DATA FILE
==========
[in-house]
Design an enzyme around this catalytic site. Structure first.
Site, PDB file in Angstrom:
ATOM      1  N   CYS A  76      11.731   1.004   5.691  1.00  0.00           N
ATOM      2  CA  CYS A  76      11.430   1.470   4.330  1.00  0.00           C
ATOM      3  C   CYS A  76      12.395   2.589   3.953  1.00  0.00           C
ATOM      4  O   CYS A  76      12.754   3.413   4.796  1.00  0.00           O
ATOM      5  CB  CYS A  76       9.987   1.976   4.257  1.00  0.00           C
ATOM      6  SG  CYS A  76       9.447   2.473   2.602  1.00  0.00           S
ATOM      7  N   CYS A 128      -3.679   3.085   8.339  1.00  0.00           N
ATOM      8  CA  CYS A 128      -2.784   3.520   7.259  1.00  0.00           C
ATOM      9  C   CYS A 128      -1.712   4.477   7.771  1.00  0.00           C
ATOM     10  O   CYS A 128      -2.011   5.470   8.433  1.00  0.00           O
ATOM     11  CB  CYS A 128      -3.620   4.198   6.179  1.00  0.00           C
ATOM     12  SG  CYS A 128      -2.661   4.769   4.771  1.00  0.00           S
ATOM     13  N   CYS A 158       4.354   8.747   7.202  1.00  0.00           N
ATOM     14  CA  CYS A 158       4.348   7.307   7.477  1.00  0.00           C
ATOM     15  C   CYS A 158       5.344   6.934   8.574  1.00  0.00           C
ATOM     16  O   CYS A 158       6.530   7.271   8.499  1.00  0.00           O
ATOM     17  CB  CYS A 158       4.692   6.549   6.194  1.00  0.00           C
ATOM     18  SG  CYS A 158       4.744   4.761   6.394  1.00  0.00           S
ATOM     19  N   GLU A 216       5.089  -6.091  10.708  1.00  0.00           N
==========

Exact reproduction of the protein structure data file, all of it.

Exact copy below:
[in-house]
Design an enzyme around this catalytic site. Structure first.
Site, PDB file in Angstrom:
ATOM      1  N   CYS A  76      11.731   1.004   5.691  1.00  0.00           N
ATOM      2  CA  CYS A  76      11.430   1.470   4.330  1.00  0.00           C
ATOM      3  C   CYS A  76      12.395   2.589   3.953  1.00  0.00           C
ATOM      4  O   CYS A  76      12.754   3.413   4.796  1.00  0.00           O
ATOM      5  CB  CYS A  76       9.987   1.976   4.257  1.00  0.00           C
ATOM      6  SG  CYS A  76       9.447   2.473   2.602  1.00  0.00           S
ATOM      7  N   CYS A 128      -3.679   3.085   8.339  1.00  0.00           N
ATOM      8  CA  CYS A 128      -2.784   3.520   7.259  1.00  0.00           C
ATOM      9  C   CYS A 128      -1.712   4.477   7.771  1.00  0.00           C
ATOM     10  O   CYS A 128      -2.011   5.470   8.433  1.00  0.00           O
ATOM     11  CB  CYS A 128      -3.620   4.198   6.179  1.00  0.00           C
ATOM     12  SG  CYS A 128      -2.661   4.769   4.771  1.00  0.00           S
ATOM     13  N   CYS A 158       4.354   8.747   7.202  1.00  0.00           N
ATOM     14  CA  CYS A 158       4.348   7.307   7.477  1.00  0.00           C
ATOM     15  C   CYS A 158       5.344   6.934   8.574  1.00  0.00           C
ATOM     16  O   CYS A 158       6.530   7.271   8.499  1.00  0.00           O
ATOM     17  CB  CYS A 158       4.692   6.549   6.194  1.00  0.00           C
ATOM     18  SG  CYS A 158       4.744   4.761   6.394  1.00  0.00           S
ATOM     19  N   GLU A 216       5.089  -6.091  10.708  1.00  0.00           N